Just as he was alone in the 1:19s Tuesday, so Sebastian Vettel of Scuderia Toro Rosso was alone in the 1-minute, 18-second range and again fastest Wednesay at Formula One testing in Jerez de la Frontera, Spain. Vettel's fast lap in unofficial...
Just as he was alone in the 1:19s Tuesday, so Sebastian Vettel of Scuderia Toro Rosso was alone in the 1-minute, 18-second range and again fastest Wednesay at Formula One testing in Jerez de la Frontera, Spain. Vettel's fast lap in unofficial timing was 1:18.843. He covered 100 laps. He ran slick tires, scheduled for reintroduction to the series next year, all day.
As they were Tuesday, McLaren were second-quickest, this time in the form of Spanish test driver Pedro de la Rosa. De la Rosa spent the morning on 2009 spec testing, including slick tires. By afternoon, he was back to grooved tires. His quick lap was 1:19.081 set in 122 laps.
Kimi Raikkonen was third-fastest. He covered 76 laps with a quick one of 1:19.446 working on setup comparisons in the Ferrari F2008. The Finn who has slipped seven points off the drivers' championship pace had been expansive after the German Grand Prix, saying the car lacked race pace, rear grip and decent setup despite a week of testing at Hockenheimring a week before the race. "The car had absolutely no stability," Raikkonen said. "We have to check and analyze every single detail we've done during preparations for Hockenheim and find out why we went so slowly because there has to be something that didn't work properly." He said the team would take a methodical approach. "We have to stay calm and react the way we know how to."
Following Raikkonen on unofficial time charts were Nico Rosberg, 1:19.861 in 112 laps for Williams, Mark Webber, 1:20.021 in 105 laps for Red Bull, and Alexander Wurz, 1:20.416 in 77 laps for Honda. All were on slicks. Wurz brought out a red flag when a suspected engine problem stopped the Honda on course and reduced his lap total.
Said Dickie Stanford, Williams's test team manager, "We spent the best part of the morning on general setup work before turning our attention to a test of the 2009 slick tires, which we concentrated on for most of the rest of the day. We had no major problems and from tomorrow, Kazuki (Nakajima) will join the test."
Jarno Trulli put the Toyota seventh in 1:20.534. He was back to 2008 configurations after a day of testing slicks and other settings for 2009 regulations. "Our focus for the day was the Hungarian Grand Prix, looking at setup this morning because the afternoons here are too windy and too hot for that," he said.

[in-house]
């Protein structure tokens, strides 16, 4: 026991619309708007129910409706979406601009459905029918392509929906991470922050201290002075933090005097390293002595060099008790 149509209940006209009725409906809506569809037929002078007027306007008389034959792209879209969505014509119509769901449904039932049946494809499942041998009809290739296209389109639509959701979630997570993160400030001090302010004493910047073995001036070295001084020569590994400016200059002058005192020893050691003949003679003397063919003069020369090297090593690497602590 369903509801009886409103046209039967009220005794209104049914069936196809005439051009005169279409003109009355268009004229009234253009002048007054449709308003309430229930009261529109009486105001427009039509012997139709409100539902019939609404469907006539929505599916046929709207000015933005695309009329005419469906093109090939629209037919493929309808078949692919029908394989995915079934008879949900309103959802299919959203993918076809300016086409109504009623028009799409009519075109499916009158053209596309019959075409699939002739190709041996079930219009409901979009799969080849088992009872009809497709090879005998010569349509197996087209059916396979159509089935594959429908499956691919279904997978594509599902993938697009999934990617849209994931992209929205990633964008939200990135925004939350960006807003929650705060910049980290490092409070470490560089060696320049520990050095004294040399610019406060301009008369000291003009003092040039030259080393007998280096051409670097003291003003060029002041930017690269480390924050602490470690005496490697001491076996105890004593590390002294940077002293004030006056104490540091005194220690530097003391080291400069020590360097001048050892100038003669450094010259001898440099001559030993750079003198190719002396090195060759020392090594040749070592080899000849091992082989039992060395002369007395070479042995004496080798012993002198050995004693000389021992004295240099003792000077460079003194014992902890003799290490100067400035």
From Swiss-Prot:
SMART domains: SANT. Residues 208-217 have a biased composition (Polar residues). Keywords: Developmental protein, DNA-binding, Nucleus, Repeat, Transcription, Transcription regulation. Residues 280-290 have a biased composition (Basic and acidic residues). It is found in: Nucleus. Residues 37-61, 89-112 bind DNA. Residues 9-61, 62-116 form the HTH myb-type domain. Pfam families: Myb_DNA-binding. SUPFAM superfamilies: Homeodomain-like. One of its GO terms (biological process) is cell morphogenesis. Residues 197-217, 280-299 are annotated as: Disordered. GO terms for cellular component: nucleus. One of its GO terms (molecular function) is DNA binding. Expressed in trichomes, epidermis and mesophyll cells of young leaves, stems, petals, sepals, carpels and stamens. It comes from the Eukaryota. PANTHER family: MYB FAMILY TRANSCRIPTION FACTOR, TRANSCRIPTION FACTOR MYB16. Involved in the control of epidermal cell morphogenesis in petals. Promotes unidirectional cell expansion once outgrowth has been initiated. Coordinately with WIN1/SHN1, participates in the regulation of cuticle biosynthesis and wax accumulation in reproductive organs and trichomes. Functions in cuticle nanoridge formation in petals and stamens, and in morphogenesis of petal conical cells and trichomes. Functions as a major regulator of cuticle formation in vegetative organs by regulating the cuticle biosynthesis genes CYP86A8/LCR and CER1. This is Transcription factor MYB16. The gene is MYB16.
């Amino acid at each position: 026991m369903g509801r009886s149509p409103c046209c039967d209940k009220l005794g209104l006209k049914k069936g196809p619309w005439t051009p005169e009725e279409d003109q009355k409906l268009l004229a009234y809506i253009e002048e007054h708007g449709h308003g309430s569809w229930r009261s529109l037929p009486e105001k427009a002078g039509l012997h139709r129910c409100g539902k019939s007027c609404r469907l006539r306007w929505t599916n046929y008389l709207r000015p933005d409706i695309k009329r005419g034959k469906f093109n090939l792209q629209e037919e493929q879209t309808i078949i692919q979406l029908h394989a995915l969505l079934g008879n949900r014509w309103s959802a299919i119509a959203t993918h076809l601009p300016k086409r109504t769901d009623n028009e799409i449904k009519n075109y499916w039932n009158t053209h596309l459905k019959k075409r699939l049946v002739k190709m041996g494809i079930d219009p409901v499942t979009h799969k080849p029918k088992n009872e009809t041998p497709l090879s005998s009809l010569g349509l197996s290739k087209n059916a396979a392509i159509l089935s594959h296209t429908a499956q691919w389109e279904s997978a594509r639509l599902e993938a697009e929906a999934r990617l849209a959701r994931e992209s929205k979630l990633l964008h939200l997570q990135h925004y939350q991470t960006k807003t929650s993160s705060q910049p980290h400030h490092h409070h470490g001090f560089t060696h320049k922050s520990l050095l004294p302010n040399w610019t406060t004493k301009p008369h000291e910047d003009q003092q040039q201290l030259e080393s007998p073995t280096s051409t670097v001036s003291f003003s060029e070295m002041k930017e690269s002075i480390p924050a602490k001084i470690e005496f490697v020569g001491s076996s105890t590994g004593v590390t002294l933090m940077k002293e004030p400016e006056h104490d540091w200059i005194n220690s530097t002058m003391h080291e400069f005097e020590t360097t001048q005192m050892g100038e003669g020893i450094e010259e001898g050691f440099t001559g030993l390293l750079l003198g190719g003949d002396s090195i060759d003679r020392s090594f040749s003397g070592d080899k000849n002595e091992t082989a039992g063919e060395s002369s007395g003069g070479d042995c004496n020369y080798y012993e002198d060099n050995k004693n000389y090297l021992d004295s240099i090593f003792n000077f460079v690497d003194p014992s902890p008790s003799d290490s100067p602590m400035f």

Track temperature again crowded 120 degrees Fahrenheit with air temps into the 90s. Trulli's afternoon work included correlating aerodynamic information between circuit and wind tunnel, he said.
Trulli's teammate Timo Glock will appear for testing Thursday after his hospital stay resulting from a heavy crash in the German Grand Prix. Glock pronounced himself fine after hospital release, saying the crash looked much worse on television. He underwent X-ray and MRI tests to conclude he suffered no broken bones or concussion. The team traced the accident to a right rear toelink/trackrod failure.
Vitantonio Liuzzi ran eighth for Force India, who were not on track Tuesday. The Italian ran a 1:20.577 in 102 laps.
Renault hero Nelsinho Piquet, who acknowledged his luck in coming off second place at the German Grand Prix -- luck being a much-admired trait by French emperor Napoleon -- ran a 1:20.827 in 99 laps. Piquet spent the morning on continued development of setup and balance. The afternoon went to suspension and brake testing.
"It was very hot on the track today, especially in the afternoon, which made it difficult to get a great balance with the car," Piquet said. "The hot temperatures also meant that the tires did not last too long. But we were still able to do some setup work this morning and tried out some new things on the car, which went well. We now have lots of information that we will go over this evening so that we can maximize tomorrow."
BMW Sauber's Christian Klien rounded out timing sheets with a 1:20.866 in 89 laps. His work involved mechanical and aerodynamic development work targeting the next race, the Hungarian Grand Prix in early August. He also collected data on the standard electronic control unit (ECU).
The BMW Sauber mechanic who received a shock and was injured in kinetic energy recovery system (KERS) testing Tuesday was released from hospital testing Wednesday and returned to Switzerland.